Second, this episode is further confirmation that the most important constraints on a president’s ability to wage war are political rather than legal. Recall that during the debate last year over whether to strike Syria, Obama explicitly stated, “I believe I have the authority to carry out this military action without specific congressional authorization,” presumably under his Article II powers. However, he went to Congress, he said, because America is “the world's oldest constitutional democracy” and “the country will be stronger if we take this course.” If Obama bypasses Congress now, he will no doubt be asked to explain why it was good for American democracy to seek congressional approval in Syria but not in Iraq. This, however, is a political barrier rather than a legal one.
An unnamed Senate Armed Services Committee aide gave a quote to Serwer that perfectly illustrates this dynamic. The aide said:
In terms of the debate that we’re likely to be in in the next couple of days, what exactly is authorized and what is not authorized is secondary to what the right thing to do is from a policy standpoint. Acting to protect American interests, if an action would serve our national security, that’s going to be what’s important rather than the fine points of legality here.
This, in a nutshell, is how executive war powers work. If Congress and the public are in general agreement that military action is “the right thing to do” and “would serve our national security,” they are much less likely to be troubled by the “fine points of legality.” In Syria, it was precisely because there was no such consensus that using force was the right thing to do—with the proposed intervention voted down in Great Britain and overwhelmingly unpopular with the U.S. public—that Obama felt he needed to try to obtain congressional buy-in. In Iraq, ISIS’s recent gains have come so quickly that there hasn’t been much time for public attitudes to become clear, and some GOP members of both houses of Congress are already calling for immediate military action. All of this serves to suggest that, while we still don’t know whether Obama will in fact choose to carry out air strikes against ISIS, it’s a safe bet that the law won’t be what stops him from doing so.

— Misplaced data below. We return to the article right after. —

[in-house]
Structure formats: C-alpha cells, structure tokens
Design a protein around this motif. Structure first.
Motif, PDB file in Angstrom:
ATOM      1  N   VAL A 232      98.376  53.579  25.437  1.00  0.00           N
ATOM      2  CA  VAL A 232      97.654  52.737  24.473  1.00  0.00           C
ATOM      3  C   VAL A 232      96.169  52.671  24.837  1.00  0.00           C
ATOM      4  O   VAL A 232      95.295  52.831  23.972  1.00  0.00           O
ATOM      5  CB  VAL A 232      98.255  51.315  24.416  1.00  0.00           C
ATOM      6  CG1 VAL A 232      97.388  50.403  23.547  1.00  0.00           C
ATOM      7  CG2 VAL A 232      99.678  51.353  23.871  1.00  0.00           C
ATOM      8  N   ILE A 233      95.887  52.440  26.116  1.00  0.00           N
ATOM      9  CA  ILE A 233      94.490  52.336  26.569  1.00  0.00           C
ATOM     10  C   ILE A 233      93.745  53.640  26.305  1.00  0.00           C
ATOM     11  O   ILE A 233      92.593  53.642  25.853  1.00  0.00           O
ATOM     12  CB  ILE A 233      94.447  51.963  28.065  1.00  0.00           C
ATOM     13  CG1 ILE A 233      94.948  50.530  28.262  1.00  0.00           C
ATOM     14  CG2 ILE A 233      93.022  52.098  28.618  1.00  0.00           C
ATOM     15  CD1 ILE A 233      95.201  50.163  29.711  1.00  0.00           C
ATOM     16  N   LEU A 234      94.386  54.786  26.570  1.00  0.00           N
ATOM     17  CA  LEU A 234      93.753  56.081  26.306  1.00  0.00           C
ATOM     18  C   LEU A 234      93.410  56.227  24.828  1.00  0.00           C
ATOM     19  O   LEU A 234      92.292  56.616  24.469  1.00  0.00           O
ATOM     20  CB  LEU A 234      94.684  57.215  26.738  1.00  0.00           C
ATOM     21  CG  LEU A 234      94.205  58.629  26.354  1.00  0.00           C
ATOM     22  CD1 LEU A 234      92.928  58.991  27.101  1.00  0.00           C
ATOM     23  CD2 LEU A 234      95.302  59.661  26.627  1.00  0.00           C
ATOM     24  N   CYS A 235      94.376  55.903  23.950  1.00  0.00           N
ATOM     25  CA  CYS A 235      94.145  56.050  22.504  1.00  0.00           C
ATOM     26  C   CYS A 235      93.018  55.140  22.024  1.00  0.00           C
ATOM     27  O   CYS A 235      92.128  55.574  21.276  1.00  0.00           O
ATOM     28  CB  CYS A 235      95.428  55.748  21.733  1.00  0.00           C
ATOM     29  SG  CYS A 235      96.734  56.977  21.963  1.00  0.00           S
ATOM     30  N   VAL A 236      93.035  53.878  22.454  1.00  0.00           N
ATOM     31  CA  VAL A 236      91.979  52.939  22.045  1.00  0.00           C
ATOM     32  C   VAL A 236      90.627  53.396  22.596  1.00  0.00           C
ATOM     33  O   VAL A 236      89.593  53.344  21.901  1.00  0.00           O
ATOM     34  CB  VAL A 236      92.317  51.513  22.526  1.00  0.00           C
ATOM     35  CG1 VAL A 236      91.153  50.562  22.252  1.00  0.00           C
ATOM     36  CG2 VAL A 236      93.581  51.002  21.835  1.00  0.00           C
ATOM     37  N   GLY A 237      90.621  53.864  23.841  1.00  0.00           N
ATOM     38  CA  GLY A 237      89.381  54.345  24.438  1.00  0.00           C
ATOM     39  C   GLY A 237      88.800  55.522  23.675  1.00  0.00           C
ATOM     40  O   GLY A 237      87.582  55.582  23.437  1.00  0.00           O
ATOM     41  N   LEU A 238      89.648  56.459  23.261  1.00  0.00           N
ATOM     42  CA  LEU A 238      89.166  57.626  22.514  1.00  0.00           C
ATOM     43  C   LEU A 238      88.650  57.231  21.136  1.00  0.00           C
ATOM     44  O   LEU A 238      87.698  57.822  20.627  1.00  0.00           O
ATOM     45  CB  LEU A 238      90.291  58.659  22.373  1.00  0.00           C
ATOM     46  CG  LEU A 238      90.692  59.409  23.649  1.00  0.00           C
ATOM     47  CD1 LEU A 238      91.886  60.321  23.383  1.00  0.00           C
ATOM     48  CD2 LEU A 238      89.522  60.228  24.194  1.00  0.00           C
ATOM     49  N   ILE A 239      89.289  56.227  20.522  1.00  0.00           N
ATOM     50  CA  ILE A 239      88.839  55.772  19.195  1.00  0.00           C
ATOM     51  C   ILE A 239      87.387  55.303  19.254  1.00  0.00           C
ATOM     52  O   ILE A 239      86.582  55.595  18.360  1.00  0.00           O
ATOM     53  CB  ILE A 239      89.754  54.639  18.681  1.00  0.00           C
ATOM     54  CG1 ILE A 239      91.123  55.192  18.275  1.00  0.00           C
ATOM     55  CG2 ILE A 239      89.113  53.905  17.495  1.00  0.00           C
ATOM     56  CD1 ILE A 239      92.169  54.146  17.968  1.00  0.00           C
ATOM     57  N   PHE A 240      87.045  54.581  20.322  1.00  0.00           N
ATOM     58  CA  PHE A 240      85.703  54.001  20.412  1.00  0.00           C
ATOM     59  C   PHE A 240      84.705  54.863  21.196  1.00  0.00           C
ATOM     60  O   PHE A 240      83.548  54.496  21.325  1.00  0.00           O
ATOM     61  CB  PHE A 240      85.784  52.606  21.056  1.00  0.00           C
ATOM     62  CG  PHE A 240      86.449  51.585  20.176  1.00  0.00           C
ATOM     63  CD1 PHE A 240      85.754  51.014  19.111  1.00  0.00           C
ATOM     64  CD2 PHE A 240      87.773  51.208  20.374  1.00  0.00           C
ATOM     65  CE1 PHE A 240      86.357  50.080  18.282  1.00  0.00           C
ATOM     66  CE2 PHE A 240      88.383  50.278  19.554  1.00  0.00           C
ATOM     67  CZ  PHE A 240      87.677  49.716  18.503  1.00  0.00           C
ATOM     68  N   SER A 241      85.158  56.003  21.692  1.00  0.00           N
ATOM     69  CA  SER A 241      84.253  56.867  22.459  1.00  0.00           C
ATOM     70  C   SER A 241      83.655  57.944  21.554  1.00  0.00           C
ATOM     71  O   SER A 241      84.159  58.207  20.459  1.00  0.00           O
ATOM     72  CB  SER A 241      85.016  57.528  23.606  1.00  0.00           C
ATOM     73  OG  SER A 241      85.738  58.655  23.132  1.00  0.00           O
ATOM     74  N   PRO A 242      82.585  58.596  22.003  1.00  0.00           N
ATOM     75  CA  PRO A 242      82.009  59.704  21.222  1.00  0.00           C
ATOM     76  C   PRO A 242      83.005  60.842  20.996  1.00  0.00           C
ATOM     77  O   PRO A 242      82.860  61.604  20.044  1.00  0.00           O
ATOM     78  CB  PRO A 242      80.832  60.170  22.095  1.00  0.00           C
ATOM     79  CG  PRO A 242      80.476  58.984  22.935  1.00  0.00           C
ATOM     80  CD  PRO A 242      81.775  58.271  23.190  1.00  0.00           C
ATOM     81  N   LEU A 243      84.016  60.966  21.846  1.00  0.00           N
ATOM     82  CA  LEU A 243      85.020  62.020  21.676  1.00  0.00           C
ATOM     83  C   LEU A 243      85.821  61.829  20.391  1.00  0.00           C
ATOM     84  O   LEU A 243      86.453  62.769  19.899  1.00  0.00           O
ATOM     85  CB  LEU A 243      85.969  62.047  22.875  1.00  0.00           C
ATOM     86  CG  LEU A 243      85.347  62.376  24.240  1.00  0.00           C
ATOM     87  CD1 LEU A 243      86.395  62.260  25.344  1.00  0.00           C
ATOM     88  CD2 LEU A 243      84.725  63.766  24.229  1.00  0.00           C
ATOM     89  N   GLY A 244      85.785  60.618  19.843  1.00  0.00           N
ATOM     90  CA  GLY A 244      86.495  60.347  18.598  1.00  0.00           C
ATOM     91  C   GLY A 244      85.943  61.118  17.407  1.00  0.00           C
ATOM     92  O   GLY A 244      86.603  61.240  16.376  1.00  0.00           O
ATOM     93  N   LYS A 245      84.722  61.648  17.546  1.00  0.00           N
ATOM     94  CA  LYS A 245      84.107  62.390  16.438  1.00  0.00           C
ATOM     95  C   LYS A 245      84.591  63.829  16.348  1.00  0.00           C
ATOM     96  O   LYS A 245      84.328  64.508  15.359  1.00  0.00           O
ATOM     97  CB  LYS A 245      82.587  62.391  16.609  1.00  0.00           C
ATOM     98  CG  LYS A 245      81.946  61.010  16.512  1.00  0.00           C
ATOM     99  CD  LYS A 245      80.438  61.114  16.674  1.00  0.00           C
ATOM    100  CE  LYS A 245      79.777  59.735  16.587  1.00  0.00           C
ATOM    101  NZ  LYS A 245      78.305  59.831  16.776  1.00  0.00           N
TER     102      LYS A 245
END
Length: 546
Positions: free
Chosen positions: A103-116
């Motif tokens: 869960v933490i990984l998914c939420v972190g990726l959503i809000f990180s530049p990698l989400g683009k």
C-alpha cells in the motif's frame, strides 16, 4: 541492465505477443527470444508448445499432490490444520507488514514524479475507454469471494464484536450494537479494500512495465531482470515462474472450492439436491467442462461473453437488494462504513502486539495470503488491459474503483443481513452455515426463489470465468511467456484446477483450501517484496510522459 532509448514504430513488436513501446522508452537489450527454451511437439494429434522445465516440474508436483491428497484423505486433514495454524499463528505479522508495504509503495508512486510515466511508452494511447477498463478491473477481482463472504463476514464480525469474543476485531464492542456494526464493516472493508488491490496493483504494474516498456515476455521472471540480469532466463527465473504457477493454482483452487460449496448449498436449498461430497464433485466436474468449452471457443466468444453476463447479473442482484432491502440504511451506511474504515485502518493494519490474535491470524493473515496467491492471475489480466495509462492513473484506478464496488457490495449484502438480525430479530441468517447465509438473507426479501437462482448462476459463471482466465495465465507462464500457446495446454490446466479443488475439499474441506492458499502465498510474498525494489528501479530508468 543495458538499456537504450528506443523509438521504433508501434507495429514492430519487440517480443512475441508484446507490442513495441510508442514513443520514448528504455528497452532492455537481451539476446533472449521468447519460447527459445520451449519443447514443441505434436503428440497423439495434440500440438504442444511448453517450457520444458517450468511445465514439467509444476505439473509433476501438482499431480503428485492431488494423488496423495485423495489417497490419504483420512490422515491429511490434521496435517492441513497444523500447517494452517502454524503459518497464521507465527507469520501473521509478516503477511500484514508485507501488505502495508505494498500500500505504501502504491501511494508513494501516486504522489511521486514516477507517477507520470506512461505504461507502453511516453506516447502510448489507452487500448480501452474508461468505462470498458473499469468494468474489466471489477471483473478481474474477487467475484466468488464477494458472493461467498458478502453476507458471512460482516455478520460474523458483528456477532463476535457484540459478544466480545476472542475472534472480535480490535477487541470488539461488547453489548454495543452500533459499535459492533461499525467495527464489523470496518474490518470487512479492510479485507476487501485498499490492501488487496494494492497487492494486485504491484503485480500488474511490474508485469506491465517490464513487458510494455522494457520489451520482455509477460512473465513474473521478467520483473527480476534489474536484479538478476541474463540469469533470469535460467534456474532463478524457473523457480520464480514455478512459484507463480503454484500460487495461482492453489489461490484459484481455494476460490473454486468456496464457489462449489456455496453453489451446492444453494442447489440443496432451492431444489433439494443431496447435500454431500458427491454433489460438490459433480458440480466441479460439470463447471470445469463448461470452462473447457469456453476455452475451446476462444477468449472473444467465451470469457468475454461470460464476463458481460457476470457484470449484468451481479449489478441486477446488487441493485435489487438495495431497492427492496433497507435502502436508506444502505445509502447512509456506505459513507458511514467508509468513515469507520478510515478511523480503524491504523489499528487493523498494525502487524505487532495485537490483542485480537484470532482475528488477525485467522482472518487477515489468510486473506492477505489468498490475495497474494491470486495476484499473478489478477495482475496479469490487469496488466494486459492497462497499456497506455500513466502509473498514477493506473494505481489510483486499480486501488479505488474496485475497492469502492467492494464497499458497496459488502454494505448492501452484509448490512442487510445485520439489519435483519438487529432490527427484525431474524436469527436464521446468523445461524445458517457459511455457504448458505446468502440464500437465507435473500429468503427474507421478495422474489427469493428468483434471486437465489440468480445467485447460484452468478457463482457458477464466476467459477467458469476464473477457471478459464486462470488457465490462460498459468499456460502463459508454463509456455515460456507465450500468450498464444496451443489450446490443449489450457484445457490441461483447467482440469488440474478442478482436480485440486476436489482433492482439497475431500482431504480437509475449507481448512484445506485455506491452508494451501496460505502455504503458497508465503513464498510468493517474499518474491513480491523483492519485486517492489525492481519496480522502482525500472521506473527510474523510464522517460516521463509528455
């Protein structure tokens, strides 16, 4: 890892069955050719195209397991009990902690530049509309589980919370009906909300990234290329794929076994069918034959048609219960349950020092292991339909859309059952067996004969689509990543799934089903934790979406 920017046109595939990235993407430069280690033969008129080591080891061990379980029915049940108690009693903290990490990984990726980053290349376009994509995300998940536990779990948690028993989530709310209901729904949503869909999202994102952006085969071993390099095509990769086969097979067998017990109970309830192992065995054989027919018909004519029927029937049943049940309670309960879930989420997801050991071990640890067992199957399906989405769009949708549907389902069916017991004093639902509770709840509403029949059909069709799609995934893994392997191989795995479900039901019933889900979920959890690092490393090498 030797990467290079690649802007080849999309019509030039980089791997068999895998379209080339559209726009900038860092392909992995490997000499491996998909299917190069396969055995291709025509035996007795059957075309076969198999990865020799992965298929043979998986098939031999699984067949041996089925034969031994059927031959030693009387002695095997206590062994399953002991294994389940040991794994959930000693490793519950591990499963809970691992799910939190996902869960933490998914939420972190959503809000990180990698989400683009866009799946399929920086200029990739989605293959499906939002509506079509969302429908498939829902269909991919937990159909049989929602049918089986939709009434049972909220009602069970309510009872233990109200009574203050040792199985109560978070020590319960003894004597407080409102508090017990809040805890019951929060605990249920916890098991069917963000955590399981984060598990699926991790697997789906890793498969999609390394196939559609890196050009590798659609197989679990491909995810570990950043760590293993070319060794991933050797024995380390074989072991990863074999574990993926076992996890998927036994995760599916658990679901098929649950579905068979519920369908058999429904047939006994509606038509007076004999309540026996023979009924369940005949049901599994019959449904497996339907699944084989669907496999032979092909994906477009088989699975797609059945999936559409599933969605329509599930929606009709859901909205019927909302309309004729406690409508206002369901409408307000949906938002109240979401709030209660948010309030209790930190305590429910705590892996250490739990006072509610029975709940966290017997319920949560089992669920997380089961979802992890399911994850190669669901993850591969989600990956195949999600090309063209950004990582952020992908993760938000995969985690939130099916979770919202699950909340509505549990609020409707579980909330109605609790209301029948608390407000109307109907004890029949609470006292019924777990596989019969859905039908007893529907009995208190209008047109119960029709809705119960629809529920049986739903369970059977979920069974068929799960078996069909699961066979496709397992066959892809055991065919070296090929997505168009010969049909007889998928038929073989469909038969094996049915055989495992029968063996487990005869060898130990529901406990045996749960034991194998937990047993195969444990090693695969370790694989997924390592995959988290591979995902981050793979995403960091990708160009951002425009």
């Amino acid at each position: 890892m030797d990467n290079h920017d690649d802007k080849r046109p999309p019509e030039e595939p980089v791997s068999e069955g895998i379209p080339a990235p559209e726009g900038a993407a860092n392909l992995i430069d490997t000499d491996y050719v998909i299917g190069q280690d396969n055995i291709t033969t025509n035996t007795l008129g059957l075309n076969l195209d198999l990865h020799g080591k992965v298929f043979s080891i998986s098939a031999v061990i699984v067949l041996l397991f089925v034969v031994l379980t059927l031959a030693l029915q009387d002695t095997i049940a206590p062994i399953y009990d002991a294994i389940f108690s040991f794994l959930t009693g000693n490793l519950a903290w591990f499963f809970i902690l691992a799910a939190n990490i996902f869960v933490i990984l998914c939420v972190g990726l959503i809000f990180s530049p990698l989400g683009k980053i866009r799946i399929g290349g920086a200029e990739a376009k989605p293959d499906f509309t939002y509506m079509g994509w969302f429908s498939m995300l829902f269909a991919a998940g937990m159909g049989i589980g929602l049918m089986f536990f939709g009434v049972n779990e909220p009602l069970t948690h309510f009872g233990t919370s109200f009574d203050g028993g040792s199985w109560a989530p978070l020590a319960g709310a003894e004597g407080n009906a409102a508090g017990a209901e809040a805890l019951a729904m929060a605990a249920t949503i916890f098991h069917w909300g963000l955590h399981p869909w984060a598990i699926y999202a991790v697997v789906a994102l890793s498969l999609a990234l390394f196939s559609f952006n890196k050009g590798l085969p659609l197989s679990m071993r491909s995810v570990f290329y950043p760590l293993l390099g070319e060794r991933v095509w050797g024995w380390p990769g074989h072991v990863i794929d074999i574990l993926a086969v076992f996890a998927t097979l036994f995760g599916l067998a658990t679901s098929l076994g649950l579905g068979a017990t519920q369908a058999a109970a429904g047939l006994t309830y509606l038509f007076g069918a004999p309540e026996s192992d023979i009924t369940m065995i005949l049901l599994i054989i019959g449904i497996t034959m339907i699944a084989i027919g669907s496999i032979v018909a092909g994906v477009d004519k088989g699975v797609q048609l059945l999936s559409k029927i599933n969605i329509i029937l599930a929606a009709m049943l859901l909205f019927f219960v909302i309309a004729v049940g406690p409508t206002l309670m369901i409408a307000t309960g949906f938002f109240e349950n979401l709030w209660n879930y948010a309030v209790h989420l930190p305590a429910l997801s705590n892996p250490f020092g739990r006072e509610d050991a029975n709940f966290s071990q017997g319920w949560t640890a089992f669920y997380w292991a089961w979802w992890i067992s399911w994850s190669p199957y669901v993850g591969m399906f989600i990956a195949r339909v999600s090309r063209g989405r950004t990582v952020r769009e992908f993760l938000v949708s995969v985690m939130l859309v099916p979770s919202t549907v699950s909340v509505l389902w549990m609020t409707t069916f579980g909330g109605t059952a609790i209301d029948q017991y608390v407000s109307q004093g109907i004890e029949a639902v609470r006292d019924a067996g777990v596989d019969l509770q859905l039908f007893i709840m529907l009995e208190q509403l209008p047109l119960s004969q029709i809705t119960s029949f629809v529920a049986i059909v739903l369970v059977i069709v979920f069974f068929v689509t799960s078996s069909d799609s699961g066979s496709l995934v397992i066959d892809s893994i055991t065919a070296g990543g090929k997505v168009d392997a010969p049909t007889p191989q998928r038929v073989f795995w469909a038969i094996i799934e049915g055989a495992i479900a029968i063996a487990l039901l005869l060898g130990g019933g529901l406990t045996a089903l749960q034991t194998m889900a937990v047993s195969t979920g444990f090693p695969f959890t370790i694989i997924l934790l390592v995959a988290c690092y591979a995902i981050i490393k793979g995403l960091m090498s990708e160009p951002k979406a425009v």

Robert Golan-Vilella is associate managing editor of The National Interest. Follow him on Twitter: @RGolanVilella.
Image Credit: U.S. Air Force Flickr.